Vanessa Smith, Mental Health Advocate and Urban Planner, on Using the Arts & Cross-Disciplines to Challenge Stereotypes

“One of the biggest challenges I see is how can we promote wellness alongside policies, programs, and design that address climate change? The effects of climate change and disaster response affect people differently, and communities that have been historically marginalized will feel the effects of climate change more dramatically.
I think about a scene in the movie Parasite during a heavy rain storm. One family’s home is flooded, they lose their possessions and have to spend the night in a gym with hundreds of other people affected by the storm. Another family is able to enjoy watching the storm in spacious comfort on higher ground. How does the trauma of dealing with the rain, loss of your home, and the uncertainty of tomorrow burden people? How do our urban systems, design and policies affect our wellbeing and support (or hinder) us?
hinking about the first family’s experience we could incorporate a lens of mental health into: new policy around rapid response after a disaster, retrofitting public infrastructure and housing, flood mitigation, urban design, and new types of place-based services and programs we can develop in and with our communities.”

Part II. Microbiome and Mental Health: The Gut – Brain Axis

“eating foods with high levels of tryptophan or sweet and starchy carbohydrates boosts serotonin, the “contentment” neurotransmitter that curbs cravings, suppresses appetite, and leaves you feeling satisfied and full. Close to 60% and 90% of all your dopamine and serotonin respectively is produced in your gut, and microbes regulate levels of these mood-regulating neurotransmitter production.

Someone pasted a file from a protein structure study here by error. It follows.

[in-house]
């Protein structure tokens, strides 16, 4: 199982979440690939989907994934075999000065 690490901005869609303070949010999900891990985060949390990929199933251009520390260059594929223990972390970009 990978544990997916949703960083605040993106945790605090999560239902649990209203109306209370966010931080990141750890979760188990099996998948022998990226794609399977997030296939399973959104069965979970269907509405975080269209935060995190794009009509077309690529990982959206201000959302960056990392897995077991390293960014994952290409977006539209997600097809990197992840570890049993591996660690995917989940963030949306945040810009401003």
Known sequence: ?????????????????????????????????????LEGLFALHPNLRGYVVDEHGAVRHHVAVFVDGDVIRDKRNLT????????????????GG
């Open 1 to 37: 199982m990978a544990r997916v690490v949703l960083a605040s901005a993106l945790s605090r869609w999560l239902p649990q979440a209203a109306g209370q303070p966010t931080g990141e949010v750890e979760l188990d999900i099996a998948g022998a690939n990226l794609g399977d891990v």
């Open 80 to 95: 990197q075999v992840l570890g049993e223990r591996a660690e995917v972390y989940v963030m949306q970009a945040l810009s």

Because of this gut-brain axis, neurotransmitter levels in the gut and brain mirror one another. A low level of neurotransmitters in the gut leads to constipation and indigestion, while a low level in the brain can manifest in depression. Conversely, an abundance of neurotransmitters in the gut leads to cramping and diarrhea, while an abundance in the brain can manifest in anxiety.”

Ronald Kamdem on Meaningful Living, Wellness & Work, and Advice To Live By

“I do feel very comfortable as I think just like physical health, mental heath is something to also be worked on and strengthened. I generally consider my mind to be just like my body, in constant need of some exercise so I’ve gotten comfortable having those conversations.”

Wellness Leadership: Why Wellbeing is the Priority #1 of the Wise

Whether we’re entrepreneurs or we’re simply ambitious in our career, the mantra most of us have absorbed from western culture is “If I work harder, then I’ll be successful. And if I become more successful, then I’ll be happier.” Consciously or subconsciously we believe that somewhere in the future after x, y, and z happens this magical time will exist where we will finally feel secure and fulfilled with our life.

However, upon closer examination, this formula of “deferred wellbeing” is a complete illusion. In fact, it is the formula for a fulfilled life set completely backward.

Men, Mindfulness, & Meditation: Observing the Rising Trend in Men & Self-Care

Notes on meditation from a male:
“I define meditation as little as one minute or longer to reflect upon yourself. How I feel physically, mentally, and emotionally. If there’s something bothering me in any form, this is my moment to identify it and recognize it, rather than run from it. I may not have the answer for it right away, but meditation allows me to adapt accordingly.”